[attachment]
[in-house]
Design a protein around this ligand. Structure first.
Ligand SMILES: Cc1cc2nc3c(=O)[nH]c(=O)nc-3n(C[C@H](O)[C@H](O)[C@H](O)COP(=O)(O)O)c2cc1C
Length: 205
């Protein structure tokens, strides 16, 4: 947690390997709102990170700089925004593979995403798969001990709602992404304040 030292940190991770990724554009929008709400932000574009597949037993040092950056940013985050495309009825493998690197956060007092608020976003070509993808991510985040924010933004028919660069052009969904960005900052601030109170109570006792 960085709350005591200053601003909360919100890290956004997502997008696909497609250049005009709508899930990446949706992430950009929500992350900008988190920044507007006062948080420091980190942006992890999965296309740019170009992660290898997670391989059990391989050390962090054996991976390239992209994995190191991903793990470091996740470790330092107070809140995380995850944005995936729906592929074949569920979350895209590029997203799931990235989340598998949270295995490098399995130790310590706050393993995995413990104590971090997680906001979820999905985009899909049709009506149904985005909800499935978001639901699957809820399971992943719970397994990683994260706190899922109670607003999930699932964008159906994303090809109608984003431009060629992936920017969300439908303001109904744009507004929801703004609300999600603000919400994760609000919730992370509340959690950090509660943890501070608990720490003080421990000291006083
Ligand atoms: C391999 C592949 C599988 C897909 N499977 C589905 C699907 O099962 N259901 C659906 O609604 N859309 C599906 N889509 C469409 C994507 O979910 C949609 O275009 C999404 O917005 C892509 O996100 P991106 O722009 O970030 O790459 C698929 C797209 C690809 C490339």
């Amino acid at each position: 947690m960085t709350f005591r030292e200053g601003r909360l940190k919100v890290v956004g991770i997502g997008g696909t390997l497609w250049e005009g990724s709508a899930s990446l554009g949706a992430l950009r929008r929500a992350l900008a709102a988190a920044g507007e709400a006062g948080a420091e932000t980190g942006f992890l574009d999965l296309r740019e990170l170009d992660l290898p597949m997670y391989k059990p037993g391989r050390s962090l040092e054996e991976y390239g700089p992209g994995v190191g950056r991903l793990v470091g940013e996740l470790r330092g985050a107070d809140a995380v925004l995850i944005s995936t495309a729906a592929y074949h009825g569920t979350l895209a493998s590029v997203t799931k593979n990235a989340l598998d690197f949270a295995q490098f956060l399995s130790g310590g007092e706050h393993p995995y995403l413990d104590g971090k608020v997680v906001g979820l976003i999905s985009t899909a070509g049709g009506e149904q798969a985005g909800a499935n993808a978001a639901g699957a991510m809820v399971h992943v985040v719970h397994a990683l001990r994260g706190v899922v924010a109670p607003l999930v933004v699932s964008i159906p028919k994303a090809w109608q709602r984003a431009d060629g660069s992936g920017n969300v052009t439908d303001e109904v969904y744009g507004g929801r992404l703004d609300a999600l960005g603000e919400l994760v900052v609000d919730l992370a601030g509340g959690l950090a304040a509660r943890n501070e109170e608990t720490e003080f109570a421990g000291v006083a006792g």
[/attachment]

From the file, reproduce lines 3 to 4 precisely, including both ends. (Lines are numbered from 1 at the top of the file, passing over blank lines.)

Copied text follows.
Ligand SMILES: Cc1cc2nc3c(=O)[nH]c(=O)nc-3n(C[C@H](O)[C@H](O)[C@H](O)COP(=O)(O)O)c2cc1C
Length: 205